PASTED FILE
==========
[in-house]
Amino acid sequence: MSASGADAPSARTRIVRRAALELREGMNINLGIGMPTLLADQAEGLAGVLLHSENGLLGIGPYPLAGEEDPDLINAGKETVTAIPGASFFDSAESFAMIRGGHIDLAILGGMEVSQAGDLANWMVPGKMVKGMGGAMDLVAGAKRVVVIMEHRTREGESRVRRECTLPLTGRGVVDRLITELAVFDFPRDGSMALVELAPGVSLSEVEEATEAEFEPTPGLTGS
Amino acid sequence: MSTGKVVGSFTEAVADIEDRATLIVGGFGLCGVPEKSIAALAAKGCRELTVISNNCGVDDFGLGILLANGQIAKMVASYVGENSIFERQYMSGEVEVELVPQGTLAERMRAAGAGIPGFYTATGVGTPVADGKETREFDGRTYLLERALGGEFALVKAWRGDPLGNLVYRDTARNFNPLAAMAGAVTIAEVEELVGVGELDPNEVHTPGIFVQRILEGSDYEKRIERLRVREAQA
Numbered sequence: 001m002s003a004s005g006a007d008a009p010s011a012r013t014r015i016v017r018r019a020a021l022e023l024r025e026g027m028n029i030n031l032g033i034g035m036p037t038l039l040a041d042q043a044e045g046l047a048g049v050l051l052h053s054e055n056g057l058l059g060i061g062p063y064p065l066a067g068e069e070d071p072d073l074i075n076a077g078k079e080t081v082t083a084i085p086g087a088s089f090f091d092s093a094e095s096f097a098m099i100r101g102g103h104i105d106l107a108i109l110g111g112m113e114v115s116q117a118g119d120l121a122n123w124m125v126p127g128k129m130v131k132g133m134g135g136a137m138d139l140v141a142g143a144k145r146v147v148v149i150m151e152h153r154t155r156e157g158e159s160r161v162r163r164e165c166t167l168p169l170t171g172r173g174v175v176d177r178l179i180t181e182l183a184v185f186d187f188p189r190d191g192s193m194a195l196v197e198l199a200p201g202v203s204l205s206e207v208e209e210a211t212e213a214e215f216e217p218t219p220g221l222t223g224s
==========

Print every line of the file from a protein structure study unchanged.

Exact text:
[in-house]
Amino acid sequence: MSASGADAPSARTRIVRRAALELREGMNINLGIGMPTLLADQAEGLAGVLLHSENGLLGIGPYPLAGEEDPDLINAGKETVTAIPGASFFDSAESFAMIRGGHIDLAILGGMEVSQAGDLANWMVPGKMVKGMGGAMDLVAGAKRVVVIMEHRTREGESRVRRECTLPLTGRGVVDRLITELAVFDFPRDGSMALVELAPGVSLSEVEEATEAEFEPTPGLTGS
Amino acid sequence: MSTGKVVGSFTEAVADIEDRATLIVGGFGLCGVPEKSIAALAAKGCRELTVISNNCGVDDFGLGILLANGQIAKMVASYVGENSIFERQYMSGEVEVELVPQGTLAERMRAAGAGIPGFYTATGVGTPVADGKETREFDGRTYLLERALGGEFALVKAWRGDPLGNLVYRDTARNFNPLAAMAGAVTIAEVEELVGVGELDPNEVHTPGIFVQRILEGSDYEKRIERLRVREAQA
Numbered sequence: 001m002s003a004s005g006a007d008a009p010s011a012r013t014r015i016v017r018r019a020a021l022e023l024r025e026g027m028n029i030n031l032g033i034g035m036p037t038l039l040a041d042q043a044e045g046l047a048g049v050l051l052h053s054e055n056g057l058l059g060i061g062p063y064p065l066a067g068e069e070d071p072d073l074i075n076a077g078k079e080t081v082t083a084i085p086g087a088s089f090f091d092s093a094e095s096f097a098m099i100r101g102g103h104i105d106l107a108i109l110g111g112m113e114v115s116q117a118g119d120l121a122n123w124m125v126p127g128k129m130v131k132g133m134g135g136a137m138d139l140v141a142g143a144k145r146v147v148v149i150m151e152h153r154t155r156e157g158e159s160r161v162r163r164e165c166t167l168p169l170t171g172r173g174v175v176d177r178l179i180t181e182l183a184v185f186d187f188p189r190d191g192s193m194a195l196v197e198l199a200p201g202v203s204l205s206e207v208e209e210a211t212e213a214e215f216e217p218t219p220g221l222t223g224s